Wednesday, December 10, 2014


         There wasn't much for success last week in Ostersund, Sweden. The only thing that kept me positive after the individual was the thought of proving otherwise in the sprint race two days after. The best way to cope with a bad race is to look forward to the next one. When the next race is only two days away it's easy to keep the spirits up. When the next race is in a flight and five days away it's not as easy. That was the case for me after a dismal sprint race last Saturday. A good result to have under the belt before the races in Austria would have made a convenient difference. Instead I'm left to keep the confidence up on my own without any undeniable results to back it up.

         The misses were low. There are endless amounts of reasons why those four misses in prone were low. Zeroing was a little strange that day. Perhaps my position was off. Was it the last tenth of a second aiming? That's been a crucial focus point this year. My standing stage was solid, but I did miss that last shot. Ski speed wasn't much to write home about either. The conditions were all over the place. Not unlike the individual they broke down as the race progressed. The deep and sugary snow covering a base of ice is far from my specialty. By the time the race was over I was unsure about myself and it was only the second race of the season.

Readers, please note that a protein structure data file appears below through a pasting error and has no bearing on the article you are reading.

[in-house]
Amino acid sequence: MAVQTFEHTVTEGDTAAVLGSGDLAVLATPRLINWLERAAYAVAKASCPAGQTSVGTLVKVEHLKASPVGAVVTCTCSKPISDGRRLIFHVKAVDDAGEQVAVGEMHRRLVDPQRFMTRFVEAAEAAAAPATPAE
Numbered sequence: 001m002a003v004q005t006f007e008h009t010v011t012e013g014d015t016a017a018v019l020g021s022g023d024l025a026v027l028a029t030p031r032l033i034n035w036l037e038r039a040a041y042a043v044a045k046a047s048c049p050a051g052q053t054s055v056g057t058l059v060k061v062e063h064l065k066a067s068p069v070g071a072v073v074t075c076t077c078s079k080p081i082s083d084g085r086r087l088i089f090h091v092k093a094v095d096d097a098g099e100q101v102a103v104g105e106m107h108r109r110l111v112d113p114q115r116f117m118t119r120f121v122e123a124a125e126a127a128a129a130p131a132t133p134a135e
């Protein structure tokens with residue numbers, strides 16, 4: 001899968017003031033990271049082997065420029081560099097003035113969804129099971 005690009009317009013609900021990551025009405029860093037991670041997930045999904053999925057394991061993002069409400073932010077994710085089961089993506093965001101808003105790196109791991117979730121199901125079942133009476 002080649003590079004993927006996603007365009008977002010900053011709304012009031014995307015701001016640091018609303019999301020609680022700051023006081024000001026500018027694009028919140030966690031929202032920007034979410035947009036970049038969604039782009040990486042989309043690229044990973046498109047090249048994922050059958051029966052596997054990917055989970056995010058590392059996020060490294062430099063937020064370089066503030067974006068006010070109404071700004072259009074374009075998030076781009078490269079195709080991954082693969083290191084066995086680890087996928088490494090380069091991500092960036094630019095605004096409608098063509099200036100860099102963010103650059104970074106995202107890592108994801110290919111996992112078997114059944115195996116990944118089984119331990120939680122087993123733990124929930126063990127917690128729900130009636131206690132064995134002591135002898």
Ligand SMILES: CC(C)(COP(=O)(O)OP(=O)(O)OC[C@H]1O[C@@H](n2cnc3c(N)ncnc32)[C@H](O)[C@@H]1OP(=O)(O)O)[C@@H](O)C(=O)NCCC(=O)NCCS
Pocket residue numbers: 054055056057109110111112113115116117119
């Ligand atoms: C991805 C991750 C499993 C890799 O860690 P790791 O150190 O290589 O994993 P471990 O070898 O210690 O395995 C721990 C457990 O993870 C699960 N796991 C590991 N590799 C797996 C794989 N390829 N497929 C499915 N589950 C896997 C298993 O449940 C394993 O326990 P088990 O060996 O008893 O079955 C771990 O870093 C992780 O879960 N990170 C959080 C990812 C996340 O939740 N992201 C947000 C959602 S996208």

After some thought I came back to the conclusion that I always do. If there was ever a chance for success then there is no reason not to give 100% of your effort. So the coaches and I thought it through and next thing I know I'm outside a hotel in Hochfilzen, Austria doing double pole intervals on the C2 machine. For the past month shooting has been great when it doesn't matter. It's only been the race days that cause the percentage to drop. There were four clean prone stages in row during easy combos today. The ability to relax just isn't my strong point. There are a few things you can do about this. It's much easier said than done though. Since that's the case I'm going to wait for Friday to be over before I divulge any more details. For a sport that is monumentally physically demanding it also has a significant sport psychology side to it.
         Training was good yesterday and for a change the energy level carried through today. Shooting is back under control. The next race is this Friday. We're skiing on a mix of man made snow, snow from the closest glacier, and even trace amounts from the sky. Still, there isn't much that separates Hochfilzen's December from it's late April right now. The work is done and the pieces are there. All I have to do is put them in place for ten shots and ten kilometers.

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